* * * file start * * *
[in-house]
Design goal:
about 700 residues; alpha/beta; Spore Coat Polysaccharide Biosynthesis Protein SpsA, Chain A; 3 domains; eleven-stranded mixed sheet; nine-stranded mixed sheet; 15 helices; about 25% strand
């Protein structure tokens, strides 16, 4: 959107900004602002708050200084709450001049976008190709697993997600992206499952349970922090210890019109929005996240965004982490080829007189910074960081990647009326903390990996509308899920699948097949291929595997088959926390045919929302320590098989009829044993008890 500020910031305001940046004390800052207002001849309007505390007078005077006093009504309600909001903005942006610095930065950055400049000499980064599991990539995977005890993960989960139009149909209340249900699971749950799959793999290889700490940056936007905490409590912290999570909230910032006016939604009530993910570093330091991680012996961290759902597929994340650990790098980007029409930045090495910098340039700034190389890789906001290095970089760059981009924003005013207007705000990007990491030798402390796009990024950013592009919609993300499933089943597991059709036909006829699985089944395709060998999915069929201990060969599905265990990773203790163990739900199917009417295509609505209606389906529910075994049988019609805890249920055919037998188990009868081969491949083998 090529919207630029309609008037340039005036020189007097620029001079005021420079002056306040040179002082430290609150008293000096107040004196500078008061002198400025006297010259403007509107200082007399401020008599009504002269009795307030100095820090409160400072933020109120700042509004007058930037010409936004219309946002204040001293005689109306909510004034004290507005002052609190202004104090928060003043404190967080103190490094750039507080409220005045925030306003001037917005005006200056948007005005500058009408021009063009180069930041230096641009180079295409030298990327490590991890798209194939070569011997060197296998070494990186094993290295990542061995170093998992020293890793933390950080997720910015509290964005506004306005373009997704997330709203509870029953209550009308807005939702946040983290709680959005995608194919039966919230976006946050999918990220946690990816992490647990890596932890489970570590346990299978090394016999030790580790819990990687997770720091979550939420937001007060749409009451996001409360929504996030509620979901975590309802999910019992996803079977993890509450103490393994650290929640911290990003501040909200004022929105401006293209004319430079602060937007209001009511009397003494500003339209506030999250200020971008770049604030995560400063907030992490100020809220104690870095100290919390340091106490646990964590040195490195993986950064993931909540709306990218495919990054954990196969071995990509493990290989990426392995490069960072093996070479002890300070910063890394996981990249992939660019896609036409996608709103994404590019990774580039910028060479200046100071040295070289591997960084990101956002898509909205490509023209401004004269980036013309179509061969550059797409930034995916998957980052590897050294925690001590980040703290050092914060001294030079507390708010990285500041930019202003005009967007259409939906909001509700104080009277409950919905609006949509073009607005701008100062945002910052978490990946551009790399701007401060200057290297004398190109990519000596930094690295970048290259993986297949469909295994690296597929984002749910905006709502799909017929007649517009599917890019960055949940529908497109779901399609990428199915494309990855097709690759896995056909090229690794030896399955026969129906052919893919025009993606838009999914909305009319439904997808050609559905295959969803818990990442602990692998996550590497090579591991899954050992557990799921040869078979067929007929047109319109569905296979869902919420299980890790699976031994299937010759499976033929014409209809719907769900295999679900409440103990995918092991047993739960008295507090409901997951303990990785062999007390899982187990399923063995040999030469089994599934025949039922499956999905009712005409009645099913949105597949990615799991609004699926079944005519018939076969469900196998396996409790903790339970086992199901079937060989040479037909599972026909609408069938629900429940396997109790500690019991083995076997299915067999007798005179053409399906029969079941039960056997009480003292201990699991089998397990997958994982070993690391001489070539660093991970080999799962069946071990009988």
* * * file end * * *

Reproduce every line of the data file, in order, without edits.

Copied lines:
[in-house]
Design goal:
about 700 residues; alpha/beta; Spore Coat Polysaccharide Biosynthesis Protein SpsA, Chain A; 3 domains; eleven-stranded mixed sheet; nine-stranded mixed sheet; 15 helices; about 25% strand
């Protein structure tokens, strides 16, 4: 959107900004602002708050200084709450001049976008190709697993997600992206499952349970922090210890019109929005996240965004982490080829007189910074960081990647009326903390990996509308899920699948097949291929595997088959926390045919929302320590098989009829044993008890 500020910031305001940046004390800052207002001849309007505390007078005077006093009504309600909001903005942006610095930065950055400049000499980064599991990539995977005890993960989960139009149909209340249900699971749950799959793999290889700490940056936007905490409590912290999570909230910032006016939604009530993910570093330091991680012996961290759902597929994340650990790098980007029409930045090495910098340039700034190389890789906001290095970089760059981009924003005013207007705000990007990491030798402390796009990024950013592009919609993300499933089943597991059709036909006829699985089944395709060998999915069929201990060969599905265990990773203790163990739900199917009417295509609505209606389906529910075994049988019609805890249920055919037998188990009868081969491949083998 090529919207630029309609008037340039005036020189007097620029001079005021420079002056306040040179002082430290609150008293000096107040004196500078008061002198400025006297010259403007509107200082007399401020008599009504002269009795307030100095820090409160400072933020109120700042509004007058930037010409936004219309946002204040001293005689109306909510004034004290507005002052609190202004104090928060003043404190967080103190490094750039507080409220005045925030306003001037917005005006200056948007005005500058009408021009063009180069930041230096641009180079295409030298990327490590991890798209194939070569011997060197296998070494990186094993290295990542061995170093998992020293890793933390950080997720910015509290964005506004306005373009997704997330709203509870029953209550009308807005939702946040983290709680959005995608194919039966919230976006946050999918990220946690990816992490647990890596932890489970570590346990299978090394016999030790580790819990990687997770720091979550939420937001007060749409009451996001409360929504996030509620979901975590309802999910019992996803079977993890509450103490393994650290929640911290990003501040909200004022929105401006293209004319430079602060937007209001009511009397003494500003339209506030999250200020971008770049604030995560400063907030992490100020809220104690870095100290919390340091106490646990964590040195490195993986950064993931909540709306990218495919990054954990196969071995990509493990290989990426392995490069960072093996070479002890300070910063890394996981990249992939660019896609036409996608709103994404590019990774580039910028060479200046100071040295070289591997960084990101956002898509909205490509023209401004004269980036013309179509061969550059797409930034995916998957980052590897050294925690001590980040703290050092914060001294030079507390708010990285500041930019202003005009967007259409939906909001509700104080009277409950919905609006949509073009607005701008100062945002910052978490990946551009790399701007401060200057290297004398190109990519000596930094690295970048290259993986297949469909295994690296597929984002749910905006709502799909017929007649517009599917890019960055949940529908497109779901399609990428199915494309990855097709690759896995056909090229690794030896399955026969129906052919893919025009993606838009999914909305009319439904997808050609559905295959969803818990990442602990692998996550590497090579591991899954050992557990799921040869078979067929007929047109319109569905296979869902919420299980890790699976031994299937010759499976033929014409209809719907769900295999679900409440103990995918092991047993739960008295507090409901997951303990990785062999007390899982187990399923063995040999030469089994599934025949039922499956999905009712005409009645099913949105597949990615799991609004699926079944005519018939076969469900196998396996409790903790339970086992199901079937060989040479037909599972026909609408069938629900429940396997109790500690019991083995076997299915067999007798005179053409399906029969079941039960056997009480003292201990699991089998397990997958994982070993690391001489070539660093991970080999799962069946071990009988």